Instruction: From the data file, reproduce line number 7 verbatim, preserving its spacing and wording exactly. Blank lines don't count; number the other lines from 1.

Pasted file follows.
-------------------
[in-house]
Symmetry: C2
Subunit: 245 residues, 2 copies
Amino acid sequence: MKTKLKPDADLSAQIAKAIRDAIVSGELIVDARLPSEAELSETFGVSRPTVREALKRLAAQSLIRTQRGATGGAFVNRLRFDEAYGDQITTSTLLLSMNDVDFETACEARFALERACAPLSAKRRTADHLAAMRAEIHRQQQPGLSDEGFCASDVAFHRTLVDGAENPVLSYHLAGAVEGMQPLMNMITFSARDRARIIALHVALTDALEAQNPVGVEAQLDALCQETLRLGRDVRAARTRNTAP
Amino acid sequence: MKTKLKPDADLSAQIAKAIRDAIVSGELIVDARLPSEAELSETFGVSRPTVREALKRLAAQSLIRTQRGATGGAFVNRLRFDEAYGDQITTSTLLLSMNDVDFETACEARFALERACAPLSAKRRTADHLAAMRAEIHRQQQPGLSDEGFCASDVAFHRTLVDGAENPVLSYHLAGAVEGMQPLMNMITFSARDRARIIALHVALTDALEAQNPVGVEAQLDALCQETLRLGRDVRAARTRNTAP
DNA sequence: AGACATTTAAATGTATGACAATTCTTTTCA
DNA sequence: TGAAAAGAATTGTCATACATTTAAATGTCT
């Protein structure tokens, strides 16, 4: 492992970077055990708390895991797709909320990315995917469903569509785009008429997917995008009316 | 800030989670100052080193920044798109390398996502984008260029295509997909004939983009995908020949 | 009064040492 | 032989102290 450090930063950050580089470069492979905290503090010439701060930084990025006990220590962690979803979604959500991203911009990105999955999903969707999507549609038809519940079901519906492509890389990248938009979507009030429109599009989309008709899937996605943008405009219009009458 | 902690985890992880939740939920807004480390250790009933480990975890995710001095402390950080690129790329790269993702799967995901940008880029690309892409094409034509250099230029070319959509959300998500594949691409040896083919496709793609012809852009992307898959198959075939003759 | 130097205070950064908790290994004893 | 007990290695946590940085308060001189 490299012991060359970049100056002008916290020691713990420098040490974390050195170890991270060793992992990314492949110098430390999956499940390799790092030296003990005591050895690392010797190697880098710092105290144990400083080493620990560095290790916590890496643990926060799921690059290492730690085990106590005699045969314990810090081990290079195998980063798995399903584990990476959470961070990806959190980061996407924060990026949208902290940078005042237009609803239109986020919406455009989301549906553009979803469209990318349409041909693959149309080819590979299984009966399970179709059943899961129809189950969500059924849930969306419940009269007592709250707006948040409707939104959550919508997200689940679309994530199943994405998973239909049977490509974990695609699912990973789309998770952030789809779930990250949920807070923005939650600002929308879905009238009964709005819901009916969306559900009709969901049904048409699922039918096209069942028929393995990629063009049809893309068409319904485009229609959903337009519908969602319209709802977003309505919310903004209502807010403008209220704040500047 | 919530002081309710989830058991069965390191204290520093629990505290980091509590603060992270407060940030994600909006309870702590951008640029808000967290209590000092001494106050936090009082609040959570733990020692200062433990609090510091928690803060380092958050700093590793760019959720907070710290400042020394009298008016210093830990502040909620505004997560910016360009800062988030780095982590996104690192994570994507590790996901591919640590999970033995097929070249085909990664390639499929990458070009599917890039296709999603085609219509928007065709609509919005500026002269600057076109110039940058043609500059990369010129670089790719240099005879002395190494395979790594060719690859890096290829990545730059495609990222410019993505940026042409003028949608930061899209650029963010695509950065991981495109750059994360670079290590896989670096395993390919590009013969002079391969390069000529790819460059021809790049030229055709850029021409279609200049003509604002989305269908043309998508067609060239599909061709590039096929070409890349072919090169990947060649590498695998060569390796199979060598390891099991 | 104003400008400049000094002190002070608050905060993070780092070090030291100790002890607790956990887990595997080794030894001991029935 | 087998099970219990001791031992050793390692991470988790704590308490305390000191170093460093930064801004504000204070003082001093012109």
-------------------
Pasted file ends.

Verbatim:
DNA sequence: TGAAAAGAATTGTCATACATTTAAATGTCT